Key growth areas for private equity in 2017

By Janice Roberts
Paul Boynton, CEO of Old Mutual Alternative Investments

Paul Boynton, CEO of Old Mutual Alternative Investments

With the International Monetary Fund predicting 0.8% GDP growth for South Africa in 2017, it is clear that there is a critical need to find an effective model outside of the public and listed company sectors to fund the projects required to stimulate growth.

According to Paul Boynton, CEO of Old Mutual Alternative Investments, one of the most underutilised opportunities to drive economic growth in South Africa is through the investment of private equity.

“The long-term and growth-focused nature of private equity investments, coupled with active stewardship, means that private equity can positively contribute to the real economy through job creation, transformation, sound governance practices and enterprise development,” says Boynton.

He adds that in addition to being uniquely positioned to address some of the material risks facing stable long-term economic growth in South Africa, private equity has consistently outperformed the listed equity market over a 10-year period, making a compelling case for its inclusion in a diversified, institutional portfolio.

“According to the latest RisCura-SAVCA South African Private Equity Performance Report, the 18.1% ten-year return from private equity outperformed the 12.6% delivered by the FTSE/JSE All Share Total Return Index (ALSI TRI) over the same period. Private equity also outperformed the FTSE/JSE Shareholder Weighted Total Return Index (SWIX TRI), which yielded 14.0% over the equivalent period,” says Boynton.

He points out that while South Africa continues to exhibit sluggish levels of growth, there are certain industries which are ripe with opportunity for private equity capital in 2017.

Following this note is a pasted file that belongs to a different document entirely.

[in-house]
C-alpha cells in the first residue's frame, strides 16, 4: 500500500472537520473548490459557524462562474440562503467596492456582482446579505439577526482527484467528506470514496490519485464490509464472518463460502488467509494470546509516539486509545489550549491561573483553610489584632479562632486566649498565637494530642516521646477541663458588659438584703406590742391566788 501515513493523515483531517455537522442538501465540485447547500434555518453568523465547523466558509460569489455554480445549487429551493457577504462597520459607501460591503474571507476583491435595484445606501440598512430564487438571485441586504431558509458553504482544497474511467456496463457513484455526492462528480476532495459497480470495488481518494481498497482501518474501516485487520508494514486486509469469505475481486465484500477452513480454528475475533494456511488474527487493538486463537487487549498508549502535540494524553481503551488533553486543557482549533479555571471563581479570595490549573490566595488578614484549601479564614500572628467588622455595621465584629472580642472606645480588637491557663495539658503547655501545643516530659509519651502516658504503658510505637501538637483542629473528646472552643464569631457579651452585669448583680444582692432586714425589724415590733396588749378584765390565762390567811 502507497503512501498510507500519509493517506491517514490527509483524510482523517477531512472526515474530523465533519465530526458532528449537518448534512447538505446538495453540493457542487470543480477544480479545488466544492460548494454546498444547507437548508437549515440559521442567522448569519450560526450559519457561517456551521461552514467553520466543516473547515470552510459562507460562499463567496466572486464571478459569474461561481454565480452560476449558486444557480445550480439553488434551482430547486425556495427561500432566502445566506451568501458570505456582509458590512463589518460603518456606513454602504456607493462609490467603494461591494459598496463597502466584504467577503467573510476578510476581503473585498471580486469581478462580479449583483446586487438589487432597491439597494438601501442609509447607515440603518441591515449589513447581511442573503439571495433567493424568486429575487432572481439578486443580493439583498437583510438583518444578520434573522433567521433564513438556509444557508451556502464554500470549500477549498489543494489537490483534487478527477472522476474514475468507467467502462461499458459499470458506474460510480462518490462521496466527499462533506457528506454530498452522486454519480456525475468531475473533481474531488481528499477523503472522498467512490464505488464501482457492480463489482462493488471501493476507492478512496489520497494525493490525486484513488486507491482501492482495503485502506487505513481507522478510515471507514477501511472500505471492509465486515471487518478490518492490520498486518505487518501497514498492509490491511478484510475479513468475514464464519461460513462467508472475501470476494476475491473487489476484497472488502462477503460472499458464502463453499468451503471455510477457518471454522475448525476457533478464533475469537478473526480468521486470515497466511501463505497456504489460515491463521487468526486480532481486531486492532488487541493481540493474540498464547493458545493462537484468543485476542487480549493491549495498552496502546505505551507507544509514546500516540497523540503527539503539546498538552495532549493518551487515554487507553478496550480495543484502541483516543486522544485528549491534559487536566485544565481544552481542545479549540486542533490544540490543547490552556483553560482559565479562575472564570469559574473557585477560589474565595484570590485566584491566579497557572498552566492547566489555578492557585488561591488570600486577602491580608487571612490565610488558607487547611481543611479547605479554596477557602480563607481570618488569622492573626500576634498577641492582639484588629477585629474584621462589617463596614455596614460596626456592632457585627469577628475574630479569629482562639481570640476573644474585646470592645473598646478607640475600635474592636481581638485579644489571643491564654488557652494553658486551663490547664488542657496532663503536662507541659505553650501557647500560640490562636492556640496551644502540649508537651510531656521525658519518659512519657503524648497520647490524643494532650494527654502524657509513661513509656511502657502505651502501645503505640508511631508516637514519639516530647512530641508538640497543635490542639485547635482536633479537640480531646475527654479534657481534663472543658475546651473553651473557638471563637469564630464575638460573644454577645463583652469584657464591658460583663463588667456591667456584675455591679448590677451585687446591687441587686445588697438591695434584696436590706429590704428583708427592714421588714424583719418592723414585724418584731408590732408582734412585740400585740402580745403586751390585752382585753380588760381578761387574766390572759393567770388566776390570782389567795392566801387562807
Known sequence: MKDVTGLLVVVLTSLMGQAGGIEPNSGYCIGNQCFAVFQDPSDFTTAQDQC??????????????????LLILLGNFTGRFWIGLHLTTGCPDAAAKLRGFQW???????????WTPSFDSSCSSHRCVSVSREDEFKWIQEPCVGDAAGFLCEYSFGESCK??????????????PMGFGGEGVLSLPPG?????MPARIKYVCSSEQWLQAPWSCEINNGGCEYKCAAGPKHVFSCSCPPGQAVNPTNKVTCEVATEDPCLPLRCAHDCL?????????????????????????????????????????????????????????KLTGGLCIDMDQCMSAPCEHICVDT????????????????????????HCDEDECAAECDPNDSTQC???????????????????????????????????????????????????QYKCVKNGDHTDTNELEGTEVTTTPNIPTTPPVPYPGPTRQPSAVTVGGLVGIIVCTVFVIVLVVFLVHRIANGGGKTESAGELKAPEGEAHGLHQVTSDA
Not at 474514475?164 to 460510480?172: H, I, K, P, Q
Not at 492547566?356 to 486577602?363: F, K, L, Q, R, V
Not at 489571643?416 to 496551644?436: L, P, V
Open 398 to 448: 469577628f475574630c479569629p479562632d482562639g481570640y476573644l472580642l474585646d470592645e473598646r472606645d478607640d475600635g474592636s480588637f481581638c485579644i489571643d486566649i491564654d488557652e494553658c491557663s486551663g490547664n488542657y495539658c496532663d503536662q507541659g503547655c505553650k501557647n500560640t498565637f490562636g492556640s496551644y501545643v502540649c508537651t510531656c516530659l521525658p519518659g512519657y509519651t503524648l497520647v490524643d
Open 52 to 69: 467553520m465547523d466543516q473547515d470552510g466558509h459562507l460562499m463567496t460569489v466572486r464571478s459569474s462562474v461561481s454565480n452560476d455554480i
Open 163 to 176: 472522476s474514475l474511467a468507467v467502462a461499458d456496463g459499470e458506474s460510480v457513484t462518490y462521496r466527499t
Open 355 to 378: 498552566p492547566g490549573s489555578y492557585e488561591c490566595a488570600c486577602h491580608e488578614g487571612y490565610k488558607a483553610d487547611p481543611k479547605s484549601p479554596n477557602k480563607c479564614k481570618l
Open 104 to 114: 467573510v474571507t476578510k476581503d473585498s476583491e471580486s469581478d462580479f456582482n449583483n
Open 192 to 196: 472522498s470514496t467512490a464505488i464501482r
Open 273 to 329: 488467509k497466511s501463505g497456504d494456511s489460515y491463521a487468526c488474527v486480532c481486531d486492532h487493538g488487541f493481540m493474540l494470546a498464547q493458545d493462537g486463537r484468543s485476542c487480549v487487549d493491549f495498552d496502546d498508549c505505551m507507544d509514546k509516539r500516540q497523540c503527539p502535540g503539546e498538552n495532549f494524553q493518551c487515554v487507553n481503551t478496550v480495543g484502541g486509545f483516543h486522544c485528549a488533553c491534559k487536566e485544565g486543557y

Boynton refers to the field of renewable energy as a prime example of one such industry. “After aging coal-fired power plants caused rolling blackouts, renewable energy as a source of electricity generation makes sense in terms of both pricing and practicality. After six rounds of bidding in the South African Renewable Energy Independent Power Producers (REIPP) Programme, 334 bids have been narrowed down to 102 preferred bidders – representing major opportunities for private equity investment. The IDEAS Managed Fund, managed by AIIM has been an active investor in this program and is invested in a portfolio of 20 projects.”

Boynton says that the agriculture sector is another example that offers great appeal to private equity investors. “Investments in land traditionally form an excellent inflation hedge, as produce price is directly linked to global markets providing a competitive running yield. Food is a defensive investment strategy as demand remains constant and is largely independent of financial market cycles. There has been strong growth displayed by certain crops over the past four years; namely Canola (33%), soft citrus (33%), and Lemons (22%).

“Macadamias are another crop which have seen exponential growth over time. While the production of macadamias in South Africa only really began in the early 1990’s, we are now the largest producer of macadamia nuts world-wide,” he adds.

Zoning in on the Western Cape, Boynton says that the film industry has been one of the fastest growing sectors, driven by a combination of visually appealing natural settings, highly competitive production costs and a well-developed skills base. “This industry not only generates employment whilst earning foreign exchange, but international broadcast content also promotes and showcases the country – ultimately having a positive impact on tourism. Through its long value chain, the sector has created more than 35 000 jobs in the province over the past three years and continues to contribute favourably to the economy.”

The last, but arguably most important area of opportunity for private equity investors in South Africa and the greater African region is infrastructure. “Although a relatively new asset class for many institutional investors, infrastructure investments are becoming an essential component of many investor portfolios. This is due largely to the fact that infrastructure generates predictable cash flows and competitive real returns over the long term, with relatively low levels of risk.”

Boynton says that the combination of the critical requirement for core infrastructure and the development of the private investment programmes is driving a strong pipeline of infrastructure opportunities, through which investors are able to generate strong risk-adjusted returns. “This proves the point that there doesn’t necessarily have to be a trade-off between impact investing and maximising returns.”

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